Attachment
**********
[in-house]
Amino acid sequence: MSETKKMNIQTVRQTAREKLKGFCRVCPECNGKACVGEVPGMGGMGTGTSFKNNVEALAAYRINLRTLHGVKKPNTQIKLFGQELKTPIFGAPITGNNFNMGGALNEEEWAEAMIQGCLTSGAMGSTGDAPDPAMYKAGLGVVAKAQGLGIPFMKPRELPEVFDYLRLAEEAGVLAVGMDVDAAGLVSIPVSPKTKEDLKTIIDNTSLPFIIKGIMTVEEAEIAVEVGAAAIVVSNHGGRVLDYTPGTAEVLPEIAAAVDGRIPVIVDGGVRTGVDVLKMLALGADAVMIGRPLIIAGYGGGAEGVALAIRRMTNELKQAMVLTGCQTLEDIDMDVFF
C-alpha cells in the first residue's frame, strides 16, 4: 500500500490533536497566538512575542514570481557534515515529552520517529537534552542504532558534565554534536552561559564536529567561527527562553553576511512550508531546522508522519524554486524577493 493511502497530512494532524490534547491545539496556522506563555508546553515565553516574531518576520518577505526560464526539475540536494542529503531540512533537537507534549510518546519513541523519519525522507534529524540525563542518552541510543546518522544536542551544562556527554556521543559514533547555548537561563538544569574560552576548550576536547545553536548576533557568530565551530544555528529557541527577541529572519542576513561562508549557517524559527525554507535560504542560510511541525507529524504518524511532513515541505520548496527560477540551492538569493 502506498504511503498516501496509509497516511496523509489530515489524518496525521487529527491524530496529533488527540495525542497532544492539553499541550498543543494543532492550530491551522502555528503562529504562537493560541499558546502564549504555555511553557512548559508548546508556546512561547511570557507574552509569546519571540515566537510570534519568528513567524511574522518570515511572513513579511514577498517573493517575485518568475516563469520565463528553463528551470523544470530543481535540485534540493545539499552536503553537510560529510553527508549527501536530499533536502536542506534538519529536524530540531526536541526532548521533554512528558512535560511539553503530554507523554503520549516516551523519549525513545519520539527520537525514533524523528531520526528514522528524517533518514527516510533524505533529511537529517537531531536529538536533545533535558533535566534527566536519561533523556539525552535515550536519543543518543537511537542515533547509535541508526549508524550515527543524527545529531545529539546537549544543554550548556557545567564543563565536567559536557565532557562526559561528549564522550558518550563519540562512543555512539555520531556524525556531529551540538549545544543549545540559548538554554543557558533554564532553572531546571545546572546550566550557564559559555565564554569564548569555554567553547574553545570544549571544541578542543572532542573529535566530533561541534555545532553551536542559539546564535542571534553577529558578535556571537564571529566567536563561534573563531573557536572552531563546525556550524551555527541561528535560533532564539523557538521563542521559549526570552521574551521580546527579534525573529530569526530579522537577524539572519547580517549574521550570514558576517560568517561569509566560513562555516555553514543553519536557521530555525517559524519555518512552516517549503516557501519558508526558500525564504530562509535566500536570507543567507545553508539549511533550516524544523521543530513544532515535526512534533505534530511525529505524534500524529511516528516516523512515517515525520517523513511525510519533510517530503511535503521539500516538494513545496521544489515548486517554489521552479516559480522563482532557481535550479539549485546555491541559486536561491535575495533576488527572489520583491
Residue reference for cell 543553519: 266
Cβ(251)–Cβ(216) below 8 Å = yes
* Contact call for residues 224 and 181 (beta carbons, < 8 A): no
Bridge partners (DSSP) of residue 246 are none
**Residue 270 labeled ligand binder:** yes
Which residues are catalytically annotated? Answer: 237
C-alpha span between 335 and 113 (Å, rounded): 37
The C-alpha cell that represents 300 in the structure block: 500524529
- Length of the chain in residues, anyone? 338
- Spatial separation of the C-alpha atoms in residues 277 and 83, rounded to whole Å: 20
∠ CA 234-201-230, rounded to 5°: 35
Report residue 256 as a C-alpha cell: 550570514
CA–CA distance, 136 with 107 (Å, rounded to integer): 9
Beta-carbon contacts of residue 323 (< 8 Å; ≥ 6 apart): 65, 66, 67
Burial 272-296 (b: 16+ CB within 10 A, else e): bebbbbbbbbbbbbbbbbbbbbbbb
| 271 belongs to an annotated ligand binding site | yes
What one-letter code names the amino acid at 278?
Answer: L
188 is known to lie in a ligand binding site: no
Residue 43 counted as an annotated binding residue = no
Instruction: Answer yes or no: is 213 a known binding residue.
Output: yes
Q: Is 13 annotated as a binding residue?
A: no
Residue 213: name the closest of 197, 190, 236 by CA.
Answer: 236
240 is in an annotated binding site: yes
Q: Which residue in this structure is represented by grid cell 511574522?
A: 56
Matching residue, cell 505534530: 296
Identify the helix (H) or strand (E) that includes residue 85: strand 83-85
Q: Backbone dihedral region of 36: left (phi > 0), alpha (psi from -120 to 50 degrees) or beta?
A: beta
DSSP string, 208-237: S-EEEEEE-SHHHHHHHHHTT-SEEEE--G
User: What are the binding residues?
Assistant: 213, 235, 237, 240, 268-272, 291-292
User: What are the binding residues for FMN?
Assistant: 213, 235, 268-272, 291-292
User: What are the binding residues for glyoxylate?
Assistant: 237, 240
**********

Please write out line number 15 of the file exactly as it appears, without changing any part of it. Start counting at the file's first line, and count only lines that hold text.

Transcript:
Report residue 256 as a C-alpha cell: 550570514